(Immediately move to the web-based implementation of this work)

To enable the symbolic reduction of probabilistic specifications that are enriched with data types, we developed the probabilistic process algebra prCRL, described in the papers*"A linear process algebraic format for probabilistic systems with data"*(published at ACSD 2010)*"A linear process-algebraic format with data for probabilistic automata"*(published in TCS)

Later, we extended SCOOP to work with a process algebra for Markov Automata, called MAPA. It is described in the paper

*"Efficient Modelling and Generation of Markov Automata"*(published at CONCUR 2012)

We developed reduction methods that can be applied to models specified in prCRL (based on the translation to LPPE). One of them performs dead variable analysis, and is a trivial probabilistic generalisation of the method described for μCRL in the paper

*"State Space Reduction of Linear Processes Using Control Flow Reconstruction"*(published at ATVA 2009)

*"Confluence Reduction for Probabilistic Systems"*(published at TACAS 2011)*"A comparison of confluence and ample sets in probabilistic and non-probabilistic branching time"*(published in TCS)*"Confluence Reduction for Markov Automata"*(published at FORMATS 2013)*"On-the-fly confluence detection for statistical model checking"*(published at NFM 2013)

*"SCOOP: A Tool for SymboliC Optimisations Of Probabilistic Processes"*(published at QEST 2011)

*"Modelling, Reduction and Analysis of Markov Automata"*(published at QEST 2013)

- The version of the tool that was used for the paper "Confluence Reduction for Markov Automata", submitted to TCS-QAPL 2014, including models and test scripts, can be found here.
- The version of the tool that was used for the paper "MaMa: A Tool-Chain for Modelling and Analysing Markov Automata", in the proceedings of QEST 2013, including models and test scripts, can be found here.
- The version of the tool that was used for the paper "Confluence Reduction for Markov Automata", in the proceedings of FORMATS 2013, including models and test scripts, can be found here.
- The version of the tool that was used for the paper "Efficient Modelling and Generation of Markov Automata" in the proceedings of CONCUR 2012, including models and test scripts, can be found here.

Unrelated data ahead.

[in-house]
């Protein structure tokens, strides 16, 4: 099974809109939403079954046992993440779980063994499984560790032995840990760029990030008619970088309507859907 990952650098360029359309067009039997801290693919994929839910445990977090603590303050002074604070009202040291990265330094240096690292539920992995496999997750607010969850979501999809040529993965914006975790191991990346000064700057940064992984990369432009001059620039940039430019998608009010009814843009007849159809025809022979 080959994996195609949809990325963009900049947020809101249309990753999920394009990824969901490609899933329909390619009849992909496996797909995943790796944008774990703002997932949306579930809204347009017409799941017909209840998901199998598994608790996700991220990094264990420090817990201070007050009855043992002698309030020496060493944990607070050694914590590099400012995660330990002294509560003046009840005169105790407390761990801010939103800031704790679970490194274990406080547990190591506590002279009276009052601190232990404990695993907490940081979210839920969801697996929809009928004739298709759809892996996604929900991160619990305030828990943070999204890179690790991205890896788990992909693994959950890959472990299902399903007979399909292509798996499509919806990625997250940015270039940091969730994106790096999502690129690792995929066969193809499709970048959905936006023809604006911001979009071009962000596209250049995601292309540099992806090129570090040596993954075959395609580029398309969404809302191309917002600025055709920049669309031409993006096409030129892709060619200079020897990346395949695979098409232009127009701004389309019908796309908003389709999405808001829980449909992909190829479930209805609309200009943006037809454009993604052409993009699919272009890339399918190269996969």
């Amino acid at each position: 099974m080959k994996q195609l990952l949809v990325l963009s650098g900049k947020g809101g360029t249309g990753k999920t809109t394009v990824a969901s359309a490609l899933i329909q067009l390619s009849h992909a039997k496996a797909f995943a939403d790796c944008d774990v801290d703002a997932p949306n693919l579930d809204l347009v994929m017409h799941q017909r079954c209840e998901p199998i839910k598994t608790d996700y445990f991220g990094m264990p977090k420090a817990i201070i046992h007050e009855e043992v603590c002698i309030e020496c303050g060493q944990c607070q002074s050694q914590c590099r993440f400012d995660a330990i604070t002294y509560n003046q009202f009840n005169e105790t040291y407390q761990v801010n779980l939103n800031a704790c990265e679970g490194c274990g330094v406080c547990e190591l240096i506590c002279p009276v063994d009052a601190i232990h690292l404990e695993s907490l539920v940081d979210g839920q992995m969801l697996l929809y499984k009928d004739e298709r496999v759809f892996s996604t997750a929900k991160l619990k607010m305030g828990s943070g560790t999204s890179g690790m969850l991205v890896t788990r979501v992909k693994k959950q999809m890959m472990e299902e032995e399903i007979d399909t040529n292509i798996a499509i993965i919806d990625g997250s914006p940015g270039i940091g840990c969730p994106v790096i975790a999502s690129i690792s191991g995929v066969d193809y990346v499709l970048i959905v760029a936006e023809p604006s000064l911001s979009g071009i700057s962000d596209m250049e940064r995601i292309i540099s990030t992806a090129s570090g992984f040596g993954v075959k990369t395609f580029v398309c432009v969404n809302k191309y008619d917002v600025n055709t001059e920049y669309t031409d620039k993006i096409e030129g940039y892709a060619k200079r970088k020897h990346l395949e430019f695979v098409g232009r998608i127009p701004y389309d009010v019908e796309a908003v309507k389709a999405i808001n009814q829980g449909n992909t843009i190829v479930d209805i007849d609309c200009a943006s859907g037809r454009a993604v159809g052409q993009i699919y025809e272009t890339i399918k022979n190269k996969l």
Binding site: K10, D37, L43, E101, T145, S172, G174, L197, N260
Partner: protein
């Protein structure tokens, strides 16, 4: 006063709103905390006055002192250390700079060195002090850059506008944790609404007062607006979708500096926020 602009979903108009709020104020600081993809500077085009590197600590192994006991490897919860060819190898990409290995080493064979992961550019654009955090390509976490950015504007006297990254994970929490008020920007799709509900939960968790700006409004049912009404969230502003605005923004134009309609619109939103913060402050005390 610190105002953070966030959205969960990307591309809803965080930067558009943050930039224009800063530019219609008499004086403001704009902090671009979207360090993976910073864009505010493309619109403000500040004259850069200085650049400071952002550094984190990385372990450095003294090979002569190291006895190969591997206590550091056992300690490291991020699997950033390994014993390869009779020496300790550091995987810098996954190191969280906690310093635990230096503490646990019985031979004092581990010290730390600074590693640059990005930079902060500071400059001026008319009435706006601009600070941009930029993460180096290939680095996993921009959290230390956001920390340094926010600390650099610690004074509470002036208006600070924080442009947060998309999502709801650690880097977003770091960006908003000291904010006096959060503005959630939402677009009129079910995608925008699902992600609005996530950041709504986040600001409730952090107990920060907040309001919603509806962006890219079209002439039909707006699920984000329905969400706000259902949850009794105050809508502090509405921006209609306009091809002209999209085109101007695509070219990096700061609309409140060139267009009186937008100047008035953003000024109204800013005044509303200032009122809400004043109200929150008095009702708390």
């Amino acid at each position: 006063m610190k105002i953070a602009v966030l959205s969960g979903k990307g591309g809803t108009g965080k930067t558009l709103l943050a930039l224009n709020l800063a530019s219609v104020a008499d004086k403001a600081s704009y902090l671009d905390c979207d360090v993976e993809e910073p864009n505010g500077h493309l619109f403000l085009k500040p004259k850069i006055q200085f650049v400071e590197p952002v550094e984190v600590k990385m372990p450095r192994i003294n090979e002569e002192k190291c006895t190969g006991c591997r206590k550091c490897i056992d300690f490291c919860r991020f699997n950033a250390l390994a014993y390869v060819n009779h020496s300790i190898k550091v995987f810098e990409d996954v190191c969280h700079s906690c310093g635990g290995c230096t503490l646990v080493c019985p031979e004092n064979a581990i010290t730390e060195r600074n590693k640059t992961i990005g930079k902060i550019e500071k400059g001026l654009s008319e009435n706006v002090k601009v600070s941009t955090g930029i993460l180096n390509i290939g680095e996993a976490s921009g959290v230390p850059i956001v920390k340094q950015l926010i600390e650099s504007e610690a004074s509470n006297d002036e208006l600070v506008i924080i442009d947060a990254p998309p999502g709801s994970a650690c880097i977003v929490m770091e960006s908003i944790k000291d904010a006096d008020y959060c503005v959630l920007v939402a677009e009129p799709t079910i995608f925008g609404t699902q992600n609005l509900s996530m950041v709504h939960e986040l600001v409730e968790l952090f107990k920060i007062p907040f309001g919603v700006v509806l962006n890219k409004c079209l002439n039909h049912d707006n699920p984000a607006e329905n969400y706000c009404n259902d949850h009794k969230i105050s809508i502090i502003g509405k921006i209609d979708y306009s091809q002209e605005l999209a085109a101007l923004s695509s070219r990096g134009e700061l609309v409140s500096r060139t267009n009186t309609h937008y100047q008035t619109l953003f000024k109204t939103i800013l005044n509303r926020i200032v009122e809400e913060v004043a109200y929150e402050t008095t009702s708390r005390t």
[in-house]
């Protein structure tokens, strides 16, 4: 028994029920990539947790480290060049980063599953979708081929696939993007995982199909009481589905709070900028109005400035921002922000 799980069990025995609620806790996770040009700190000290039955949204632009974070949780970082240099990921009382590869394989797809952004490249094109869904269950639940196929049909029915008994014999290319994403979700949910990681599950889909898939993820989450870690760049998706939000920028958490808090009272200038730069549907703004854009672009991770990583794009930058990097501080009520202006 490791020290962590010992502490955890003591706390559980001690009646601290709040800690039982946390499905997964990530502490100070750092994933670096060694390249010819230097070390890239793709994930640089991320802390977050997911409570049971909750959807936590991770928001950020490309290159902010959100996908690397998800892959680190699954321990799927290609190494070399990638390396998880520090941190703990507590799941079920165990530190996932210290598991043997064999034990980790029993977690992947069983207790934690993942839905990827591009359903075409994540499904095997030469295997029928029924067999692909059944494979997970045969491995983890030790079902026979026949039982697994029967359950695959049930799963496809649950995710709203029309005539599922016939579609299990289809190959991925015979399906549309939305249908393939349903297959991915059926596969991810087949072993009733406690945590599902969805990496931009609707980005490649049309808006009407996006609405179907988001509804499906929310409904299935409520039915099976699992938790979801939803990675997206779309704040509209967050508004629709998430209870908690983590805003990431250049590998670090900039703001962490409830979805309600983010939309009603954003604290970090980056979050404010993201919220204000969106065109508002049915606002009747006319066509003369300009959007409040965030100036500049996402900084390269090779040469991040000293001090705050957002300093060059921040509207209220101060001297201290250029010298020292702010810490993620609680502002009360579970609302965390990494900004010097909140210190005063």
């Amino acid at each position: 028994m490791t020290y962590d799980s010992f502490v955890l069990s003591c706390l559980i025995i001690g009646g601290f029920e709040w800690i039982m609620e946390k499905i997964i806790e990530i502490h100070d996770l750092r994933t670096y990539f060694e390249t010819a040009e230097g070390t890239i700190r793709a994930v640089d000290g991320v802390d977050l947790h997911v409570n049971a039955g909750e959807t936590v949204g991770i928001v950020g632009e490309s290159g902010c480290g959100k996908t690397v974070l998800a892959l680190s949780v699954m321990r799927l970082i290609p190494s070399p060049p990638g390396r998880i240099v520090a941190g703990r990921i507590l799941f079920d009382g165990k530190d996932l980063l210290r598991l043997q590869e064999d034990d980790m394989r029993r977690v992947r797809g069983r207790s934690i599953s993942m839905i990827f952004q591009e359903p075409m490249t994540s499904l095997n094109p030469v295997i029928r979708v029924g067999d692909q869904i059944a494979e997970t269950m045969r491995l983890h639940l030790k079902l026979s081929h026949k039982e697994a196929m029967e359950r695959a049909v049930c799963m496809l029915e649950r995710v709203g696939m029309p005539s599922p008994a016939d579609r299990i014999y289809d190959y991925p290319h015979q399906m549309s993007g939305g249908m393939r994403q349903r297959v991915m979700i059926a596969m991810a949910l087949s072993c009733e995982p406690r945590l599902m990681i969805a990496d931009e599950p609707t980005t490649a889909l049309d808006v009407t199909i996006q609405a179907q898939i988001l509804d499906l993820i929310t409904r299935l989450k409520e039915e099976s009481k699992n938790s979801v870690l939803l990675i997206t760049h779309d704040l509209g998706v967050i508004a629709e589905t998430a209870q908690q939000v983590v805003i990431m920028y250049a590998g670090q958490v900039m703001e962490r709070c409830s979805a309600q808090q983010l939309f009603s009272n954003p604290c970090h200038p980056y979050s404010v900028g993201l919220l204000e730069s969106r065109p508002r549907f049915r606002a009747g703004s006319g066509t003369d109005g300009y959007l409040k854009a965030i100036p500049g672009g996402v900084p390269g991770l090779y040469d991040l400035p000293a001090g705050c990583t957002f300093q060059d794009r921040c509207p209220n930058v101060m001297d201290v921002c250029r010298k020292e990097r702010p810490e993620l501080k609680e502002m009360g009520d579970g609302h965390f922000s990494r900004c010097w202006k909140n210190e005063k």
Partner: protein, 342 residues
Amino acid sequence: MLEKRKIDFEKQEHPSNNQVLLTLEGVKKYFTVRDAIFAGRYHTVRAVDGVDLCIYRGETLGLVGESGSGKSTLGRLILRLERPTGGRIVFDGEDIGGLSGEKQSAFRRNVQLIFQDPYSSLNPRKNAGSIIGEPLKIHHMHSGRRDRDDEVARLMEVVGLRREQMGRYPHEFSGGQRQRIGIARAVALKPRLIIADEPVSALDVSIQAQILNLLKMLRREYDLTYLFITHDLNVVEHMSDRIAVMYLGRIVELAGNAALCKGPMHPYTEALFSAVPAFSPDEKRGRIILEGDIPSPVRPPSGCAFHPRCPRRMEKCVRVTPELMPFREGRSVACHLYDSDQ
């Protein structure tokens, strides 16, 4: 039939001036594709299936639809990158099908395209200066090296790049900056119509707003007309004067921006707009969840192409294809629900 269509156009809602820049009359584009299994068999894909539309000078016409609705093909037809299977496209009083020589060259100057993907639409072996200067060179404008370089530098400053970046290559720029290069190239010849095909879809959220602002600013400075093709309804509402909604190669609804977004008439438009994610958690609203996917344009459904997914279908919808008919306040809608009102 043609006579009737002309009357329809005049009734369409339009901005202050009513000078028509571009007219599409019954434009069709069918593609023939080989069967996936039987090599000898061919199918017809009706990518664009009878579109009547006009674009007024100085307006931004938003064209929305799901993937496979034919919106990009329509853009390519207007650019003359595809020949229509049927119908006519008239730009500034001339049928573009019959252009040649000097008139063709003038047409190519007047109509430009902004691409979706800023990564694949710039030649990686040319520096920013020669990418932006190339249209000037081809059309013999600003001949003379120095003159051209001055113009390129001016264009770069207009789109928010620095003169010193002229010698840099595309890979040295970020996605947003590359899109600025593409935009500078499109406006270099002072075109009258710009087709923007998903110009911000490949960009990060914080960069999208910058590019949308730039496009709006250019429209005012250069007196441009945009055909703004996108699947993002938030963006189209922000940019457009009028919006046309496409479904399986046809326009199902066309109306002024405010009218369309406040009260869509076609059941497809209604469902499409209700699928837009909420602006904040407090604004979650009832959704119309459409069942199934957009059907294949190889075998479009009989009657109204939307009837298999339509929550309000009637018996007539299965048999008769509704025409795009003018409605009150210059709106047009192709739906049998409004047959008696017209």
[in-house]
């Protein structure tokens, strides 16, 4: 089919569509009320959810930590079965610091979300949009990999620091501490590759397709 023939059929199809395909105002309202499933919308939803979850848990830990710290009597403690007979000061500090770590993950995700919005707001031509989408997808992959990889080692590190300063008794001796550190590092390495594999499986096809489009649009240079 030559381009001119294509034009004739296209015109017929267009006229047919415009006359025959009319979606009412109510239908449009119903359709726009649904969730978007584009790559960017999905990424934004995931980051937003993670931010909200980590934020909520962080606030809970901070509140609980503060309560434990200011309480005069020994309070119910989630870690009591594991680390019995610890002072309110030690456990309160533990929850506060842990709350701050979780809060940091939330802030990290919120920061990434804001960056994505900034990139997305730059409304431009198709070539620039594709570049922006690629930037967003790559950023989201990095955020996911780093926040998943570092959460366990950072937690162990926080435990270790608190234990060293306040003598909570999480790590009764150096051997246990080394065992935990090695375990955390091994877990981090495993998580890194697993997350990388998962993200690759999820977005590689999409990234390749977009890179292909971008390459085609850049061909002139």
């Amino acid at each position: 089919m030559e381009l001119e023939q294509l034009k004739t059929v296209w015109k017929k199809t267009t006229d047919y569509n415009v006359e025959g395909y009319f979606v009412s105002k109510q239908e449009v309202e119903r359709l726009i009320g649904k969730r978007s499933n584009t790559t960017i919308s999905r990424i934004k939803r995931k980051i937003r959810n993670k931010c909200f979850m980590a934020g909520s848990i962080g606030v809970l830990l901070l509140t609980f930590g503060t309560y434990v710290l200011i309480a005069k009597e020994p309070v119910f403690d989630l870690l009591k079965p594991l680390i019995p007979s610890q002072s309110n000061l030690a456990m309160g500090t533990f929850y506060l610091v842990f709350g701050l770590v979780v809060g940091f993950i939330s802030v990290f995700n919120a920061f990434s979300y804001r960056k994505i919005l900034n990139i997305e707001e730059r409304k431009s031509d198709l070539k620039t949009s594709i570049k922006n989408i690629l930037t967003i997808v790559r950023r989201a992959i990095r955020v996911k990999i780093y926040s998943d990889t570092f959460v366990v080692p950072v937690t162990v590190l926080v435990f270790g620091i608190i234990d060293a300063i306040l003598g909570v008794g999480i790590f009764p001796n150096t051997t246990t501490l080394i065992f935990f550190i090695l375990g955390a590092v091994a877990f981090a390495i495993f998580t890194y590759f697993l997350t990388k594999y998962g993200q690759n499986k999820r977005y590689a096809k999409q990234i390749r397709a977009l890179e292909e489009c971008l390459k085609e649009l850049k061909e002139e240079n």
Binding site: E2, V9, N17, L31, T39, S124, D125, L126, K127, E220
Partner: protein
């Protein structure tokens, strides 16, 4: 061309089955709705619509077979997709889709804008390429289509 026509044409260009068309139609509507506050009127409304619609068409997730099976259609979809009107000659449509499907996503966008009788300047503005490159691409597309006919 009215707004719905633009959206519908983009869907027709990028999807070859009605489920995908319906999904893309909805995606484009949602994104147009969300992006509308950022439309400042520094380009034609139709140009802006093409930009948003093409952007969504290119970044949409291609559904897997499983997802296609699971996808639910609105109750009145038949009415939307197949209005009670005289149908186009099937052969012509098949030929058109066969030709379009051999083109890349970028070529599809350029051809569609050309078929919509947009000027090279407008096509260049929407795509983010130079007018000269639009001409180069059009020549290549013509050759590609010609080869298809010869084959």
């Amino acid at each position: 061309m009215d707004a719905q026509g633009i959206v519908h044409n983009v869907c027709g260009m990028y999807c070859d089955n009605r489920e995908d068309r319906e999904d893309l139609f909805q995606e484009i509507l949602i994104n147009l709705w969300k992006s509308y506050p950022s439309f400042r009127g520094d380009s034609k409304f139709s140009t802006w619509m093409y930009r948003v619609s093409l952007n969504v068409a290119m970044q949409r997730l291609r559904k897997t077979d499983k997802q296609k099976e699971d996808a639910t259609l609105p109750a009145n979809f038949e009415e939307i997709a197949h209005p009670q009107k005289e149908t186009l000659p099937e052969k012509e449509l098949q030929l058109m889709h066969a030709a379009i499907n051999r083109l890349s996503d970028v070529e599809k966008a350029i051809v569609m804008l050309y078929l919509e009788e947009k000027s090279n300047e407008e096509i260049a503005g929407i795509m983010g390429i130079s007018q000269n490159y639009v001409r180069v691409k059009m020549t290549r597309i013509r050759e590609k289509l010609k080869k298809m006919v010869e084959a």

- The version of the tool that was used for the paper "A linear process-algebraic format with data for probabilistic automata" in Theoretical Computer Science, including models and test scripts, can be found here.
- The version of the tool that was used for the paper "SCOOP: A Tool for SymboliC Optimisations Of Probabilistic Processes" in the proceedings of QEST 2011, including models and test scripts, can be found here.
- The version of the tool that was used for the paper "Confluence Reduction for Probabilistic Systems" in the proceedings of TACAS 2011, including models and test scripts, can be found here.

Most importantly, SCOOP can output state spaces in the input format for the IMCA tool. Also, it can either present the output again as an (optimised) (M)LPE or generate the state space, or just count the number of states and transitions when investigating the effects of reduction techniques. A prCRL specification can also be exported to a PRISM specification and to a variety of formats (to be analysed by for instance CADP or PRISM).

To try out the linearisation techniques and reduction methods we developed, you can either download the tool or resort to the web-based version of it.

- The web-based version does not require compiling or installing of any software, and contains all functionality.
- The stand-alone version needs to be downloaded and compiled, but can be applied easier for batches of multiple experiments.

To use either the web-based or the stand-alone version of the tool, a model in the prCRL, MAPA or PNML language should be provided. An abstract overview of the syntax of prCRL, including its precise semantics, can be found in the ACSD 2010 paper. An abstract overview of the syntax of MAPA can be found in the CONCUR 2012 paper. However, for the specific syntactical details of the input language of the tool, as well as the description of all features of the tool, please look at the following two pages.